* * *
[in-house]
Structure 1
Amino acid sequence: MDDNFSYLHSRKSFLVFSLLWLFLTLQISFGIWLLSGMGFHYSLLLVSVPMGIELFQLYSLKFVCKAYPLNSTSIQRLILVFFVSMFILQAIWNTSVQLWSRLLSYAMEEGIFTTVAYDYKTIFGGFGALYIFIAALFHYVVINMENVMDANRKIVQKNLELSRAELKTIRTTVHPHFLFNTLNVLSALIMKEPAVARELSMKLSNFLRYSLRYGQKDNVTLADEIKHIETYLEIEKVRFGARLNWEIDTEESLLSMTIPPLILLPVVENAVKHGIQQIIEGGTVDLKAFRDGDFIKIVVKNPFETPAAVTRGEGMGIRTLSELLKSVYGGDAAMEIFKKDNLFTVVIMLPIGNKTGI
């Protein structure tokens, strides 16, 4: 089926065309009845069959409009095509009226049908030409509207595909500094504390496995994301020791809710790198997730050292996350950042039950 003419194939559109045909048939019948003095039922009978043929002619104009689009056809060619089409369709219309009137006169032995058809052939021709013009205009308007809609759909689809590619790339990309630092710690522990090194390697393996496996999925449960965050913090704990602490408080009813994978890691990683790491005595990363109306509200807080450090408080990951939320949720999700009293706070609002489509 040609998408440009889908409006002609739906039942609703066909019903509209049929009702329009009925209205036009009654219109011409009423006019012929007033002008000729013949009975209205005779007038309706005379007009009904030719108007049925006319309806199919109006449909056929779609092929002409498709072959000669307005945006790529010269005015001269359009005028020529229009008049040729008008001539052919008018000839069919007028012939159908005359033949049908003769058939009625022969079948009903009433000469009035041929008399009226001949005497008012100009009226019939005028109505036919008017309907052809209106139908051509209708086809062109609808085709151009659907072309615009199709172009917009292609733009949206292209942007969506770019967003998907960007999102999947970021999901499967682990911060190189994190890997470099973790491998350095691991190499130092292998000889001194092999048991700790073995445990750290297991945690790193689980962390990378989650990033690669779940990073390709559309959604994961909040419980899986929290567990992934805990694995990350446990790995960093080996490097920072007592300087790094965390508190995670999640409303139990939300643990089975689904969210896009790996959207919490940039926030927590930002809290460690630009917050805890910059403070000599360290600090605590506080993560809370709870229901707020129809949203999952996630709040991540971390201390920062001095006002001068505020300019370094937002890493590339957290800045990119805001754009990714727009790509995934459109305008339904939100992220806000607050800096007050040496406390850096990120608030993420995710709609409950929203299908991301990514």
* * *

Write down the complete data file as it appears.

[in-house]
Structure 1
Amino acid sequence: MDDNFSYLHSRKSFLVFSLLWLFLTLQISFGIWLLSGMGFHYSLLLVSVPMGIELFQLYSLKFVCKAYPLNSTSIQRLILVFFVSMFILQAIWNTSVQLWSRLLSYAMEEGIFTTVAYDYKTIFGGFGALYIFIAALFHYVVINMENVMDANRKIVQKNLELSRAELKTIRTTVHPHFLFNTLNVLSALIMKEPAVARELSMKLSNFLRYSLRYGQKDNVTLADEIKHIETYLEIEKVRFGARLNWEIDTEESLLSMTIPPLILLPVVENAVKHGIQQIIEGGTVDLKAFRDGDFIKIVVKNPFETPAAVTRGEGMGIRTLSELLKSVYGGDAAMEIFKKDNLFTVVIMLPIGNKTGI
């Protein structure tokens, strides 16, 4: 089926065309009845069959409009095509009226049908030409509207595909500094504390496995994301020791809710790198997730050292996350950042039950 003419194939559109045909048939019948003095039922009978043929002619104009689009056809060619089409369709219309009137006169032995058809052939021709013009205009308007809609759909689809590619790339990309630092710690522990090194390697393996496996999925449960965050913090704990602490408080009813994978890691990683790491005595990363109306509200807080450090408080990951939320949720999700009293706070609002489509 040609998408440009889908409006002609739906039942609703066909019903509209049929009702329009009925209205036009009654219109011409009423006019012929007033002008000729013949009975209205005779007038309706005379007009009904030719108007049925006319309806199919109006449909056929779609092929002409498709072959000669307005945006790529010269005015001269359009005028020529229009008049040729008008001539052919008018000839069919007028012939159908005359033949049908003769058939009625022969079948009903009433000469009035041929008399009226001949005497008012100009009226019939005028109505036919008017309907052809209106139908051509209708086809062109609808085709151009659907072309615009199709172009917009292609733009949206292209942007969506770019967003998907960007999102999947970021999901499967682990911060190189994190890997470099973790491998350095691991190499130092292998000889001194092999048991700790073995445990750290297991945690790193689980962390990378989650990033690669779940990073390709559309959604994961909040419980899986929290567990992934805990694995990350446990790995960093080996490097920072007592300087790094965390508190995670999640409303139990939300643990089975689904969210896009790996959207919490940039926030927590930002809290460690630009917050805890910059403070000599360290600090605590506080993560809370709870229901707020129809949203999952996630709040991540971390201390920062001095006002001068505020300019370094937002890493590339957290800045990119805001754009990714727009790509995934459109305008339904939100992220806000607050800096007050040496406390850096990120608030993420995710709609409950929203299908991301990514």